Invoking his experience as a political convict in a Siberian hard-labor camp almost thirty years earlier, a member of the educated elite forced to live cheek-by-jowl with hostile peasant-convicts, Dostoevsky asserts that there are among the people not just crude and bestial sinners or mindless non-entities but "positive characters of unimaginable beauty and strength, whom your observation still hasn't touched." He continues:
There are these righteous ones and sufferers for the truth-do we see them or don't we see them? I don't know; to whom it is given to see, will, of course, see and comprehend them, but who sees only the image of the beast, will, of course, see nothing. (PSS 26:153/1301)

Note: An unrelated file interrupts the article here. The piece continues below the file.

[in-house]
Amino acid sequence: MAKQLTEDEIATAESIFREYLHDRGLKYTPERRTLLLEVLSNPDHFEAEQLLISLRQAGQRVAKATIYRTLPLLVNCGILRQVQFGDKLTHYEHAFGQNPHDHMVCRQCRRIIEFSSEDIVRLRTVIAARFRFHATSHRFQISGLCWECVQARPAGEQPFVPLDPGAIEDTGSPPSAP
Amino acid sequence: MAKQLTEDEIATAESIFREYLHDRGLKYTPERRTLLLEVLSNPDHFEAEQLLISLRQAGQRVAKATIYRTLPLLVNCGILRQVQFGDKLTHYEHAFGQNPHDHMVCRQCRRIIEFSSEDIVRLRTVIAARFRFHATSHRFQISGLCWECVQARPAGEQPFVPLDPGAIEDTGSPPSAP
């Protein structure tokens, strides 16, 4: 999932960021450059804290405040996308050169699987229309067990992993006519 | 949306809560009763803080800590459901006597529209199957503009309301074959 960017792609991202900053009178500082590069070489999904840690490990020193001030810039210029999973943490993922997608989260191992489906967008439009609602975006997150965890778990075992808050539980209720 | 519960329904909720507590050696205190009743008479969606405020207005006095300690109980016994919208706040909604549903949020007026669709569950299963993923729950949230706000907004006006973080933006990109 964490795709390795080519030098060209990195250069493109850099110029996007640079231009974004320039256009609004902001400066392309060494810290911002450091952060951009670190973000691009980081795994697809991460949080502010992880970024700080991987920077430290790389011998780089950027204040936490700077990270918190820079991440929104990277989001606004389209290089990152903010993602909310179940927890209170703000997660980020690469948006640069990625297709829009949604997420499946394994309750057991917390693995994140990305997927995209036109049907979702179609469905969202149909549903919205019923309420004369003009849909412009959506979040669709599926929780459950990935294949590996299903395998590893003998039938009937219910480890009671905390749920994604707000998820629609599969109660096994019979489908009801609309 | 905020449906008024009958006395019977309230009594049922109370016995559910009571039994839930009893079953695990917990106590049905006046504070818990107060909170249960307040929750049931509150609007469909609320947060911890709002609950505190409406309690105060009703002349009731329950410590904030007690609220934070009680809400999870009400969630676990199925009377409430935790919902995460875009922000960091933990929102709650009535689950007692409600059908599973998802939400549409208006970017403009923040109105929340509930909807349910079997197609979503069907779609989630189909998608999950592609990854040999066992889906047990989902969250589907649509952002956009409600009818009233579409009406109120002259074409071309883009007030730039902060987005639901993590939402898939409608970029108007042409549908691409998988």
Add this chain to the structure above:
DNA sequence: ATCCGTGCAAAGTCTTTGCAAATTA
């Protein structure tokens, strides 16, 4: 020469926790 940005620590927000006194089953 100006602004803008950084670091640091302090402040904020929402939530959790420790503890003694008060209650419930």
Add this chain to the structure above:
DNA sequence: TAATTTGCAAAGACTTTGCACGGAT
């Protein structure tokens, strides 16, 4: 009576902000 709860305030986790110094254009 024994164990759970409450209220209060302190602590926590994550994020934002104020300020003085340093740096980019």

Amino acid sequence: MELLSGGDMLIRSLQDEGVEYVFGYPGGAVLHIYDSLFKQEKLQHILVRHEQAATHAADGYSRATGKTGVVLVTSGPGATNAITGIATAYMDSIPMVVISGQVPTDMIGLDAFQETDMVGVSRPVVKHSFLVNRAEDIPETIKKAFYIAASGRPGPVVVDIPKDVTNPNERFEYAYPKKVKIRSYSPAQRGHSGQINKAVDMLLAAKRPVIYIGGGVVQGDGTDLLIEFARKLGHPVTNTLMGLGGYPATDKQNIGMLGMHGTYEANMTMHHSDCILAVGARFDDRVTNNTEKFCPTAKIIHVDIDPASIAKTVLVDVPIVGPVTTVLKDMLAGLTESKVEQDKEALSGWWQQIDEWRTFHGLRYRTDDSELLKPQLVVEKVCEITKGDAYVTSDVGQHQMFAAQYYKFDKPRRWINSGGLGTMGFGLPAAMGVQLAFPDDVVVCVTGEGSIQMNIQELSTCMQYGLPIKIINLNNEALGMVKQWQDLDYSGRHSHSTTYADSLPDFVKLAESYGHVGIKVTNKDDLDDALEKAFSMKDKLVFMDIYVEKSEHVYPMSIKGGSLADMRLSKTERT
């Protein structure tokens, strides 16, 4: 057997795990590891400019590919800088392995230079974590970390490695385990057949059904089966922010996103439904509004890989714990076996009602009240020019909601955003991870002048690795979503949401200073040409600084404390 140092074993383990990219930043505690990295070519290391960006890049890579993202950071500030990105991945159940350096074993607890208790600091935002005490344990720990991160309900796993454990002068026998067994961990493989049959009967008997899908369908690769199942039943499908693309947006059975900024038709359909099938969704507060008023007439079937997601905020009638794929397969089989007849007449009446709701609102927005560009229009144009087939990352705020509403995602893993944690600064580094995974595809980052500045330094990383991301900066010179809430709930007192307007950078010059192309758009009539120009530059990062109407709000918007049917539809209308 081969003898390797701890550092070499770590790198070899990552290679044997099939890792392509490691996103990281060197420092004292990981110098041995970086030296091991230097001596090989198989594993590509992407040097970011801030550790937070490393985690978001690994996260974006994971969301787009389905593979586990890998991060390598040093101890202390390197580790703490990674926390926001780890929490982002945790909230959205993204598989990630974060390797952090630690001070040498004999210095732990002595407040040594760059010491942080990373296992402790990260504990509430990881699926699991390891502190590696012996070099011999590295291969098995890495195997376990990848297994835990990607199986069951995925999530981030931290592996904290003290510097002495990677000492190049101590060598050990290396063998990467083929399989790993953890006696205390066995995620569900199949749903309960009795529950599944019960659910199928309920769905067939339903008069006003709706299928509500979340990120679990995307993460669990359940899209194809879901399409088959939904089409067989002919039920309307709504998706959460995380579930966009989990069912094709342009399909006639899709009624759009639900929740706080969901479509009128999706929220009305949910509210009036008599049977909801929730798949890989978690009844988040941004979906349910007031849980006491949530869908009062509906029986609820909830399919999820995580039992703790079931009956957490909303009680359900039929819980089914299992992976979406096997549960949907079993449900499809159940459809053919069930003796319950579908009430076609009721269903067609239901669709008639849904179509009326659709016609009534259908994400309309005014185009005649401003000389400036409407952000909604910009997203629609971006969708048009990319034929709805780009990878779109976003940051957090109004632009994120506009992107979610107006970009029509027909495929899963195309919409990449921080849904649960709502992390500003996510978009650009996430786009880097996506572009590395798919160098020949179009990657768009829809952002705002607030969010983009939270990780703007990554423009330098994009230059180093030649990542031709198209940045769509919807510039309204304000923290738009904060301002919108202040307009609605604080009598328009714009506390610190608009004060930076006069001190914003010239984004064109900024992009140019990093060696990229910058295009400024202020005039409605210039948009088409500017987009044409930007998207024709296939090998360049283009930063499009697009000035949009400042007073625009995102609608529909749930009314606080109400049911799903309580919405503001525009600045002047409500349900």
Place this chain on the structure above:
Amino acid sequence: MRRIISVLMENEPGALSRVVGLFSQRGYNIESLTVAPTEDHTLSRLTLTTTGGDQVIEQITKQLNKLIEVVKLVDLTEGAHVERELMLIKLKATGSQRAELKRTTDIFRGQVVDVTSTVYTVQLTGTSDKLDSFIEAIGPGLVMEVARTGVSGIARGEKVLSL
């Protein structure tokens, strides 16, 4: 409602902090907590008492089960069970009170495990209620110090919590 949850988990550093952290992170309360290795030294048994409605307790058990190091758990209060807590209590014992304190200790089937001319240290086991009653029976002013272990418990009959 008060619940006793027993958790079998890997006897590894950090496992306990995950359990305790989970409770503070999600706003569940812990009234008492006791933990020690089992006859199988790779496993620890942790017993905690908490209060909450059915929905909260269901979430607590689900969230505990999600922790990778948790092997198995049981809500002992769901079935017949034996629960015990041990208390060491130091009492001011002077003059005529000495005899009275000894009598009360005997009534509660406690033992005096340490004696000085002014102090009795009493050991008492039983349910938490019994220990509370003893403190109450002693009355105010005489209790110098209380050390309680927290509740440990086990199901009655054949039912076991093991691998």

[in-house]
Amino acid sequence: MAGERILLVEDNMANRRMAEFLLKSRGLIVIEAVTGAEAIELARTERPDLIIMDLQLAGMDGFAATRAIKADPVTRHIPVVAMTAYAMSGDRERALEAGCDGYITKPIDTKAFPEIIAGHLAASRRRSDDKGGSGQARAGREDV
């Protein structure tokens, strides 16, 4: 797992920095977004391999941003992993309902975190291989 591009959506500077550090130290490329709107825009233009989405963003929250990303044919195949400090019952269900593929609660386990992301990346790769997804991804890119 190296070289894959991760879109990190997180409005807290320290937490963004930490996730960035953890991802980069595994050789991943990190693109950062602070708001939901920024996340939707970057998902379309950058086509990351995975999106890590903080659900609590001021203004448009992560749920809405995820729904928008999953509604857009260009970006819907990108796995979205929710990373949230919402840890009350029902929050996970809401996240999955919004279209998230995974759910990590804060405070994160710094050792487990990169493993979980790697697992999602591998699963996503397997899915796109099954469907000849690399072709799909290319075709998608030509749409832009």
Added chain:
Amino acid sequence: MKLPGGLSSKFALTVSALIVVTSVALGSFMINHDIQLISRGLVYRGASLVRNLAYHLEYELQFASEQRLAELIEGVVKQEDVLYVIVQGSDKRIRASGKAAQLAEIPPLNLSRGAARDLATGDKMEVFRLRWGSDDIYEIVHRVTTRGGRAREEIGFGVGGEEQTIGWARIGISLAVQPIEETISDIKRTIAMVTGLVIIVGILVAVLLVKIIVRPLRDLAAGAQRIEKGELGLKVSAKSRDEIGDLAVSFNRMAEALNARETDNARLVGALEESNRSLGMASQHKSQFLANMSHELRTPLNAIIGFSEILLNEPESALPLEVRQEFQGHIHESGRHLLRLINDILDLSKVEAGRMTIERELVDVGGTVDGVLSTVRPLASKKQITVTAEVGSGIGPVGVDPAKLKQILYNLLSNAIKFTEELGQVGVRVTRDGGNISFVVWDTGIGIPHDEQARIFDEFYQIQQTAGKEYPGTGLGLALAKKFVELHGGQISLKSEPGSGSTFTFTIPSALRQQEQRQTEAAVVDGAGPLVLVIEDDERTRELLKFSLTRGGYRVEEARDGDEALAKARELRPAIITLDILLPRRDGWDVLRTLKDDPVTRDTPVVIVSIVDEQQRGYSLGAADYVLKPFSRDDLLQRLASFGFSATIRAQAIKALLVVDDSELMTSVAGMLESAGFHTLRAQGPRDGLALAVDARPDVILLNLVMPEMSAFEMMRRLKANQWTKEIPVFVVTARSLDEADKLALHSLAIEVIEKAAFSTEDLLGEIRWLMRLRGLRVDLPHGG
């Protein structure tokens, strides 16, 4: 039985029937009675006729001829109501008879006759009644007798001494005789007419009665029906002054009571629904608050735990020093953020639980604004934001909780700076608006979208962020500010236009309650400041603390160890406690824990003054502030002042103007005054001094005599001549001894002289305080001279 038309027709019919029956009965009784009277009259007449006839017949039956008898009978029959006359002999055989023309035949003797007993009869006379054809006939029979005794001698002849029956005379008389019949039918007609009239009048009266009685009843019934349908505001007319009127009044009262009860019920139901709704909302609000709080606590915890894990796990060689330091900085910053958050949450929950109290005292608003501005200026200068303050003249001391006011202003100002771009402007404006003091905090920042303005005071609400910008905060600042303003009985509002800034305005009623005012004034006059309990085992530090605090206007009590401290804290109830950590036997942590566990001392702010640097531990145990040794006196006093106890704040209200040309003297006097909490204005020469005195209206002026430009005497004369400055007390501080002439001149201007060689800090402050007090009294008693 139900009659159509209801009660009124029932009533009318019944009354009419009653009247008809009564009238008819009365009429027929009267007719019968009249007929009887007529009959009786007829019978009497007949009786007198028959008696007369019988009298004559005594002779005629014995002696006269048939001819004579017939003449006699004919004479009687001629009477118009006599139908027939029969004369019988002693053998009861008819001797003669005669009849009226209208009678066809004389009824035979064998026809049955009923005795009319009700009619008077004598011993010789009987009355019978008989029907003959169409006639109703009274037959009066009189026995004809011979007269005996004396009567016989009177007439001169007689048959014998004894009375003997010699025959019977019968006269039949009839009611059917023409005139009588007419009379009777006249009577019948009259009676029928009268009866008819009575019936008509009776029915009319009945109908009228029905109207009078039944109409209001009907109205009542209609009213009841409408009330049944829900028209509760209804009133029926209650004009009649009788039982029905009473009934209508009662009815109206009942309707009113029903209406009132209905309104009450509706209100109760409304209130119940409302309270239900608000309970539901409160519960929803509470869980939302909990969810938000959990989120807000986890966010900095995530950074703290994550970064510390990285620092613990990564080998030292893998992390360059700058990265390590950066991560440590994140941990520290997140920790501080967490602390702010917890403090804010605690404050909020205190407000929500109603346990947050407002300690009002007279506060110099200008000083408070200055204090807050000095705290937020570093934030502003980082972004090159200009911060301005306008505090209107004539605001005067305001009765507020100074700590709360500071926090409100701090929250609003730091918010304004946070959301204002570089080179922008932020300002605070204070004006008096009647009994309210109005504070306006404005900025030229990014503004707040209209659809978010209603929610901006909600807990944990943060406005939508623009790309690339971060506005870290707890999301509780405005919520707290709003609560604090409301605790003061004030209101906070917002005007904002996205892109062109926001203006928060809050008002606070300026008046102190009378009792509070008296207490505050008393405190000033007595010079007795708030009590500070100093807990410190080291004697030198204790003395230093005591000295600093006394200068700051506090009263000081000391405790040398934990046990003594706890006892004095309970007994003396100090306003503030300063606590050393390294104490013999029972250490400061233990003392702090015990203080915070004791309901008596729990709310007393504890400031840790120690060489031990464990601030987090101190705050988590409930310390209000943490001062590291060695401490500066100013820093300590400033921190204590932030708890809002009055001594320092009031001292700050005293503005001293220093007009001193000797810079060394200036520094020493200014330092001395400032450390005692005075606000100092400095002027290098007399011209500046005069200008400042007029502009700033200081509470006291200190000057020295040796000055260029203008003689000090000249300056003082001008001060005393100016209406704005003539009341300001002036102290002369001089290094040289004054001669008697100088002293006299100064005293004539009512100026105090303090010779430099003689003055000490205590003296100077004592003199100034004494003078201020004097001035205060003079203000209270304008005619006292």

Excerpted from Dostoevsky's Democracy by Nancy Ruttenburg
Copyright © 2008 by Princeton University Press. Excerpted by permission.
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Dale E. Peterson, Amherst College
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Meet the Author
Nancy Ruttenburg is professor of comparative literature, English, and Slavic literatures and chair of the Department of Comparative Literature at New York University. She is the author of "Democratic Personality: Popular Voice and the Trial of American Authorship".